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112 Pediatric abdominal trachelectomy for rhabdomyosarcoma
  1. L Moukarzel1,
  2. T Heaton2 and
  3. N Abu-Rustum3
  1. 1Memorial Sloan Kettering Cancer Center, Gynecology Service Department of Surgery, New York, USA
  2. 2Memorial Sloan Kettering Cancer Center, Pediatric Surgery, New York, USA
  3. 3Memorial Sloan Kettering Cancer Center, Gynecologic Service Department of Surgery, New York, USA


Objectives Embryonal rhabdomyosarcoma is treated using a multi-modal approach, which can include systemic chemotherapy, radiation, and surgery. When arising from the genital tract, the disease has a 5-year overall survival greater than 80%. However, many of these therapies can result in infertility, which is assured if hysterectomy is performed. Our objective is to describe within the pediatric population an alternative method of obtaining local control surgically through the fertility-sparing approach of an abdominal trachelectomy.

Methods Due to the very narrow vaginal anatomy in pediatric patients, a vaginal trachelectomy approach was not possible, and an abdominal approach was performed. The resection included the cervix and upper vagina. A near-infrared camera was used at the end of the procedure to confirm vascular perfusion to the uterus.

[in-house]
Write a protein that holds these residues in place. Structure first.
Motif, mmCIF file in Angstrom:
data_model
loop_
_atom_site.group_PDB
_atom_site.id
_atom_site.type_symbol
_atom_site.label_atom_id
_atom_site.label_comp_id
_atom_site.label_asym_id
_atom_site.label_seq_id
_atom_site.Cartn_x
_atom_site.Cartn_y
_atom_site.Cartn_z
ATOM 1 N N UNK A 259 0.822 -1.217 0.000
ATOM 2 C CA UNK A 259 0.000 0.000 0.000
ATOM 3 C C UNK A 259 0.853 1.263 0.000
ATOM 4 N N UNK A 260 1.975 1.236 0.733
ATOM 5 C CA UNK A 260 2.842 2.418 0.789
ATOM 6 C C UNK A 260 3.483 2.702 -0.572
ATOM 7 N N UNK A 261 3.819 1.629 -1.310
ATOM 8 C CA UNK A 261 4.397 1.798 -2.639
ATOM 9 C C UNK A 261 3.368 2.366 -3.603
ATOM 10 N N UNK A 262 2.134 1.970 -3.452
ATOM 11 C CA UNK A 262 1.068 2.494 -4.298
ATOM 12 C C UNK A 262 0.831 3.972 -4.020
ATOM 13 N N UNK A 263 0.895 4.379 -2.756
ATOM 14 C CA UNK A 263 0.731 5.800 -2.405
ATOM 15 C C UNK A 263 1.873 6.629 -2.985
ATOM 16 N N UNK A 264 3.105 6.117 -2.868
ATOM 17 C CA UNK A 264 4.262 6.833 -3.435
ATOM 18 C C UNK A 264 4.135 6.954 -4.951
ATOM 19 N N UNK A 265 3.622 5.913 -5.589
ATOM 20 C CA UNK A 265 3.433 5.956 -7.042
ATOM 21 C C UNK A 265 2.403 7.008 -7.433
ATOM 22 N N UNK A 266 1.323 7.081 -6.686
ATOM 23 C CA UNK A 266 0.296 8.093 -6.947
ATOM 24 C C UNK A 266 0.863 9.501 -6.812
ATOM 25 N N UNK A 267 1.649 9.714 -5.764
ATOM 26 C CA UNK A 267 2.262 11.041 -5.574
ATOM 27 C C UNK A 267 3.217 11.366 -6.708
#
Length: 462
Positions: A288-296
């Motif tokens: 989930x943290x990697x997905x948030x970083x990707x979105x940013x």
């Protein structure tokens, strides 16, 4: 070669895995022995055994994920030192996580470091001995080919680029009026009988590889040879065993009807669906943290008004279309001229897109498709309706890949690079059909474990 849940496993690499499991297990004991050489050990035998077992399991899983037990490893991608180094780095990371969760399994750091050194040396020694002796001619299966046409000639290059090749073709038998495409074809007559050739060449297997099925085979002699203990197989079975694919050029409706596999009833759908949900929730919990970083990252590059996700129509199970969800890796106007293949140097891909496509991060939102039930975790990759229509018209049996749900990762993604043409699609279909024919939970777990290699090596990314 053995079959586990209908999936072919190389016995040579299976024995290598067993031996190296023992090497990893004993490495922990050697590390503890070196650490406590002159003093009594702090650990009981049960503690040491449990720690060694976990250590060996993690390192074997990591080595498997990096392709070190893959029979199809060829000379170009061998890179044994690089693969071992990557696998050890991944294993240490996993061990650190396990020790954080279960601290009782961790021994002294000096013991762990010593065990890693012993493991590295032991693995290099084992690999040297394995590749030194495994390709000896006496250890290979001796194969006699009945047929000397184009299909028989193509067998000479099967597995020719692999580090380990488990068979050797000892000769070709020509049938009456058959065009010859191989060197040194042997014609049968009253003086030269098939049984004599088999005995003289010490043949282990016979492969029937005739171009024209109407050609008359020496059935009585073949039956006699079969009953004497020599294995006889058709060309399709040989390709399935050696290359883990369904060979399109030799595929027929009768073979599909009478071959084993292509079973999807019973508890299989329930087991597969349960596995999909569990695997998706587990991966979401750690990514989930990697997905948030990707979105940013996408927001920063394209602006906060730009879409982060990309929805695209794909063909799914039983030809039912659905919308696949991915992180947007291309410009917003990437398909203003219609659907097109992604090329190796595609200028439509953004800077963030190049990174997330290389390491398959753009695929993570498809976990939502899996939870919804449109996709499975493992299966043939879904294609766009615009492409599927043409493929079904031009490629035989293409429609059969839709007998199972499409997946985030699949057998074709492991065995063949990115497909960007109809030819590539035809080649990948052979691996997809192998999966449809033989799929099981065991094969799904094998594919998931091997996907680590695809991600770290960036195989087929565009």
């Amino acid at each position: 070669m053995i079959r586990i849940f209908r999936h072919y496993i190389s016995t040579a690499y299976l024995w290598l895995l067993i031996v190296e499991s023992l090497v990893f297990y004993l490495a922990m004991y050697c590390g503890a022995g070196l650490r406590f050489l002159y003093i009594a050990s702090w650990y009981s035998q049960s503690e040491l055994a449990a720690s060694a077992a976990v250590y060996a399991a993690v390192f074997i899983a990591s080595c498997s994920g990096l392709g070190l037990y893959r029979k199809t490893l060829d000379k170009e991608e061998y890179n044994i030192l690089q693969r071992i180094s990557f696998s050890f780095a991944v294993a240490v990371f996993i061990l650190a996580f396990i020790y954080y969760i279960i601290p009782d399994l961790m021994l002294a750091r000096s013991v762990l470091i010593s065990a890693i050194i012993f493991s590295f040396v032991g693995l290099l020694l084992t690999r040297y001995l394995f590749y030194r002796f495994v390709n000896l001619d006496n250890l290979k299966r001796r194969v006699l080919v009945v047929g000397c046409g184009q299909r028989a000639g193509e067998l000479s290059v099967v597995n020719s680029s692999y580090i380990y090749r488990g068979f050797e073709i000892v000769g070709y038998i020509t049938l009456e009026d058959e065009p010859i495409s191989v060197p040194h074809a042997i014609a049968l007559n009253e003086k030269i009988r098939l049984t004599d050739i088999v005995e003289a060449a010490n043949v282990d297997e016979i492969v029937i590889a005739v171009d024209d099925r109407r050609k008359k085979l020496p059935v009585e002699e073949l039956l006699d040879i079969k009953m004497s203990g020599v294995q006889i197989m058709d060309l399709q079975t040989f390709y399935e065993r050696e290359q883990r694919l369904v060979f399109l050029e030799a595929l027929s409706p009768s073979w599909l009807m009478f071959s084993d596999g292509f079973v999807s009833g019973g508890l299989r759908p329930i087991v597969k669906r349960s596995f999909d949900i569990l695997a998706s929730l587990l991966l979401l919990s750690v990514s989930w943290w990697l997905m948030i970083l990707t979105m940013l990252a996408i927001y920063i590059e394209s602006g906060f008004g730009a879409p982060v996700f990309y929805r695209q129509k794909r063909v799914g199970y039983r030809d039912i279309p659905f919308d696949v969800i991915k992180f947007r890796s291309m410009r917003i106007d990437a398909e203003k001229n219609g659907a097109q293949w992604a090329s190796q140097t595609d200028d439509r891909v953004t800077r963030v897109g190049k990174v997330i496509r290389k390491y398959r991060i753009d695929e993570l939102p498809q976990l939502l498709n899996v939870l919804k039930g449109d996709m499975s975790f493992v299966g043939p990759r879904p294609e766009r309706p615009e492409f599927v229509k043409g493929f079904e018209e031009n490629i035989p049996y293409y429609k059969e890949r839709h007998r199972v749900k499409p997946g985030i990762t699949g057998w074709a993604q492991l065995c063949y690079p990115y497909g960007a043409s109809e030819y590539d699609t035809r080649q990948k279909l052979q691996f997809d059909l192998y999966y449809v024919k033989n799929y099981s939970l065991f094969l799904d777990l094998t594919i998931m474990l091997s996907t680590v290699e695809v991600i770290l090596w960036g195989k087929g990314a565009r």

Results A 4-year-old female with a vaginal embryonal rhabdomyosarcoma previously treated with chemotherapy and intravaginal brachytherapy, presented with recurrence on MRI 1.5 years after completing treatment. She underwent a vaginoscopy that demonstrated a pedunculated mass arising from the proximal vagina. A biopsy confirmed recurrence of the primary tumor. Although nearly all visible tumor was resected, positive surgical margins required further surgical resection of a portion of the vaginal wall for local control and further systemic chemotherapy. She underwent an abdominal trachelectomy with preservation of the entire uterus, the majority of the vagina, and negative surgical margins were obtained. She recovered well and is currently undergoing chemotherapy.

Conclusions To our knowledge, this is the youngest patient having undergone an abdominal trachelectomy. This approach appears to be safe in the pediatric population.

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